Annetje Schepmoes, his wife, was baptised in the New York Dutch Church February 16, 1642, witnesses: Maryn Andriaeszen, Lysbeth Thys. She was the daughter of Jan Janse Schepmoes and Sarah Pieters. The Register of Betrothments, Archives of Amsterdam has the following: "December 27, 1631, appeared (before the the commissaries of the marriage matters) Jan Jansz Schepmoes of Delft, seafaring man, 26 years of age, orphan, residing in the Brouwerstraat and Saara Pieters of Hoorn, 22 years of age, orphan, living in the Moriaansteegje, assisted by her sister Lysbeth Pieters. Requesting their three proclamations in the church," etc. On May 18, 1643, a grant of land was made by the West India Co. to Jan Janse Schepmoes; it was near Fort Amsterdam. When Sara Pieters remarried she mortgaged this land and the house on it, describing it as: "The house and lot at New Amsterdam, south of Fort Amsterdam, in the Parel straat, occupied by Jacob Strycker." She also set aside 800 carolas guilders for her children, 100 guilders for each child. Jan Janse Schepmoes died in New Amsterdam in January, 1656, and on October 7th of the same year his widow married Willem Cook, at which time Pieter Cornelius Van Veen and Isaac Greveraat were appointed guardians of her children as follows?Anna, Abraham, Aeltje, Dirck, Orseltie, Sara, Jaepie and Willem.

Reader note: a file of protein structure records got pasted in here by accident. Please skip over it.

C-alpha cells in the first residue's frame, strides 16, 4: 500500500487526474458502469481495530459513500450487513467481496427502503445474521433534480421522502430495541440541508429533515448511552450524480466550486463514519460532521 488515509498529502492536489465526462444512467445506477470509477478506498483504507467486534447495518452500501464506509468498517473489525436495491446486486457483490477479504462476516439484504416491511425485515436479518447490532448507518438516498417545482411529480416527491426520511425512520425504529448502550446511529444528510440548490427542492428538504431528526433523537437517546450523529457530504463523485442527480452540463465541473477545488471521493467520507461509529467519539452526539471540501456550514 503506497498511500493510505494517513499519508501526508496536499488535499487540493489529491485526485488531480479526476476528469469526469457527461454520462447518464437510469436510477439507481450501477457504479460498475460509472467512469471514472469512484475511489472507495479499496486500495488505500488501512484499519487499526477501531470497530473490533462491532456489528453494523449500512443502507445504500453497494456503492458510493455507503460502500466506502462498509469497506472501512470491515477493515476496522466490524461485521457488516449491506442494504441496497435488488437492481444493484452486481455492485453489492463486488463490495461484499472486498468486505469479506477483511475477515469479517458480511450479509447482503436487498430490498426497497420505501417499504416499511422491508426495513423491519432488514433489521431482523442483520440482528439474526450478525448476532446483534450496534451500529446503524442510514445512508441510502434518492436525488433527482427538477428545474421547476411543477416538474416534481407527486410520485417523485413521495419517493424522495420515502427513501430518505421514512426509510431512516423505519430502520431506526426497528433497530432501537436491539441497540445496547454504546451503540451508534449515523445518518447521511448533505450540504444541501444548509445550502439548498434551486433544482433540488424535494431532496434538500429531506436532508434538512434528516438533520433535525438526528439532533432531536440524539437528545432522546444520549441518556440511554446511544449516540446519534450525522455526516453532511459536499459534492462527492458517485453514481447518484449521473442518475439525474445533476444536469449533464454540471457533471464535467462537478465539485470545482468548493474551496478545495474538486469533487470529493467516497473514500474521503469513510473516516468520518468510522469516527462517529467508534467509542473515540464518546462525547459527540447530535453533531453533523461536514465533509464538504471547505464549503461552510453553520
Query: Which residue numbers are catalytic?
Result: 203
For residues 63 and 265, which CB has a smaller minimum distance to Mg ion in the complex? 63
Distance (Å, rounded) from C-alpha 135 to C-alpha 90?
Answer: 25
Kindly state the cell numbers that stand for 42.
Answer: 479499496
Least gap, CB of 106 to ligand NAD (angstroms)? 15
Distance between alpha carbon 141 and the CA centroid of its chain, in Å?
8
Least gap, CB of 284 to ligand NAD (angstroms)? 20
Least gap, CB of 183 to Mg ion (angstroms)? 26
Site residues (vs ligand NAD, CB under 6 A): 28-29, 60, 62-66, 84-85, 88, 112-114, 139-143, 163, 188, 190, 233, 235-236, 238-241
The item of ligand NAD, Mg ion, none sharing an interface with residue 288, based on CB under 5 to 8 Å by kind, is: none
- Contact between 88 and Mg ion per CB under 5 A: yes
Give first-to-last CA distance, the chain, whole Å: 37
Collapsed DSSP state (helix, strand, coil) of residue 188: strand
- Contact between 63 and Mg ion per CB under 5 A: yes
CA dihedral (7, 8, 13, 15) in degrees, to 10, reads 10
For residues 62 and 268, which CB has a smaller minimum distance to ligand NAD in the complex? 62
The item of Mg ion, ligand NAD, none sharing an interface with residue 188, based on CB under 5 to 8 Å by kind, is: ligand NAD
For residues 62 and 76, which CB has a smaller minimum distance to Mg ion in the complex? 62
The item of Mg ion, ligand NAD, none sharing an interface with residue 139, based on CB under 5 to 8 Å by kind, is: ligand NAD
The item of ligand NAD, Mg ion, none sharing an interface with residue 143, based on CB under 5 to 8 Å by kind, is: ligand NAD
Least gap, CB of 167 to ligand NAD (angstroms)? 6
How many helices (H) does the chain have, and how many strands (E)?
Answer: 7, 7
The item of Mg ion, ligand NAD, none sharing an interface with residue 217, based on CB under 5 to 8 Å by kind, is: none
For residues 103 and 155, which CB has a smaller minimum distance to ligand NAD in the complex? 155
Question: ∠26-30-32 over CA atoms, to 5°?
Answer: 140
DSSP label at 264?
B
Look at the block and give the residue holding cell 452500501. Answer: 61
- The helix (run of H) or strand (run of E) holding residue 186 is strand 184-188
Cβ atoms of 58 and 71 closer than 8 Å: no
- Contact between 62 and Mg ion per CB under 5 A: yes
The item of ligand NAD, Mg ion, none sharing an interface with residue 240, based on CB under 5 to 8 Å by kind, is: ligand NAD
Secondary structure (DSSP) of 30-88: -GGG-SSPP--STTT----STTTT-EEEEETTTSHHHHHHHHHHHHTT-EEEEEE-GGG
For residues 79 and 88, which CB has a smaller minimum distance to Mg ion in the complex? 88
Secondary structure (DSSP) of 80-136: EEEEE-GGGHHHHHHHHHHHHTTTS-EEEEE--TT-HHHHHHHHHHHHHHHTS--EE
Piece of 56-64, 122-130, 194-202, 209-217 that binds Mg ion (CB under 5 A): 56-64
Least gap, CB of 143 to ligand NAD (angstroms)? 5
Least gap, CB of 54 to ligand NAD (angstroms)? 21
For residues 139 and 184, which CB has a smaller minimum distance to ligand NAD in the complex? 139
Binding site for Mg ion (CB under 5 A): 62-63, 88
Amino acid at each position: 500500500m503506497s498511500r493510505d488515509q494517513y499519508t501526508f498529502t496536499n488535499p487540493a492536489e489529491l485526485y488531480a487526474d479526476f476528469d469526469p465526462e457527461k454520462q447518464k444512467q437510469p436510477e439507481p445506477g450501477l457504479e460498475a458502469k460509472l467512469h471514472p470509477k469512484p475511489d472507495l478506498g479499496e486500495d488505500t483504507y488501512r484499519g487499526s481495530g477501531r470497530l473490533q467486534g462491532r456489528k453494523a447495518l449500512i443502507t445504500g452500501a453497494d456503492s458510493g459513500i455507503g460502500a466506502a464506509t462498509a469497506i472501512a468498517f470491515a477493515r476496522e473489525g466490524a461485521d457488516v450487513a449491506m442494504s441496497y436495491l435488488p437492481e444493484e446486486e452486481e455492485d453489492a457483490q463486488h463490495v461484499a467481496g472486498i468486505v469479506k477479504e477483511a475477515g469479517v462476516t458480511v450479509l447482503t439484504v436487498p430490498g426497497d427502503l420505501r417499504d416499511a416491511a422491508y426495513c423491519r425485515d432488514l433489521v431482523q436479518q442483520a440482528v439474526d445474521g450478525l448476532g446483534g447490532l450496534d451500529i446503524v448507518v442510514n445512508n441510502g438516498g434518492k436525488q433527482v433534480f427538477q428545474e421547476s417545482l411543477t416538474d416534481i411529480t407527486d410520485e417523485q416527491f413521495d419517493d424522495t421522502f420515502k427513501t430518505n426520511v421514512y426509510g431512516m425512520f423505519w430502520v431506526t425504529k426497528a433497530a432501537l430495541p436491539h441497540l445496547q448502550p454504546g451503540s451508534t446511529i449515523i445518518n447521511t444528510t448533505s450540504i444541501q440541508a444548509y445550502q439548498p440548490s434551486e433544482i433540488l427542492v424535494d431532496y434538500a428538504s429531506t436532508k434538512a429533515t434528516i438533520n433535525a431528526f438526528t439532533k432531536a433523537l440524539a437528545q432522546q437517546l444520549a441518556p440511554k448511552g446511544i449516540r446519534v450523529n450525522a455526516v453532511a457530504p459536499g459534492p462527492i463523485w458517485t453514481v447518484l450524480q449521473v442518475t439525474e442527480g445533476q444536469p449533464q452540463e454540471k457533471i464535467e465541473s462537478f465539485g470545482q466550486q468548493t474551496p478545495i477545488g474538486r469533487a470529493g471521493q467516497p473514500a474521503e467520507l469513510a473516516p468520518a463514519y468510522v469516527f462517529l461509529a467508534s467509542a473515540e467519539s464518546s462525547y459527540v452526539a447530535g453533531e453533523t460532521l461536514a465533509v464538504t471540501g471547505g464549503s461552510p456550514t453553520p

Anna Schepmoes' will is dated July 3, 1702, and was proved March 18, 1702-3. In it her children are given in the same order as in her husband's will. She was buried in the Dutch Church-yard in Nassau Street, New York City. Her will is filed in Liber 7, p. 93, New York, Surrogate's Office. On May 2, 1690, mention is made of an account of Anna, widow of Henry Cuyler, for sundries delivered to the Government. On November 20, 1696, Anna Cuyler in New York shipped goods to Charles Ludowicks, a merchant in London, by the "good ship Calles."

      The baptism of only one of their children has been found. Children :

      Johannes, b. at New Amsterdam about 1661.

      Abraham.

      Sarah.

      Delia.

      Rachel.

      Maria, b. March 3, 1678, bap. N. Y. Dutch Church, March 13, 1678.

      Eva.

      Henry, b. 1677.
    Person ID I10603  Frost, Gilchrist and Related Families
    Last Modified 9 Aug 2018 

    Family Annetje SCHEPMOES,   b. Bef 16 Feb 1642, New Amsterdam, New Netherland [now New York City, New York County, NY] Find all individuals with events at this location,   d. Bef 18 Mar 1703, New York City, New York County, NY Find all individuals with events at this location  (Age < 61 years) 
    Married Abt 1660  New Amsterdam, New Netherland [now New York City, New York County, NY] Find all individuals with events at this location 
    Children 
     1. Abraham CUYLER,   b. Abt 1665,   d. Bef 14 Jul 1747, Albany, Albany County, NY Find all individuals with events at this location  (Age ~ 82 years)  [natural]
     2. Sarah CUYLER,   d. Bef 11 May 1742, Albany, Albany County, NY Find all individuals with events at this location  [natural]
    Last Modified 9 Aug 2018 11:01:14 
    Family ID F4963  Group Sheet  |  Family Chart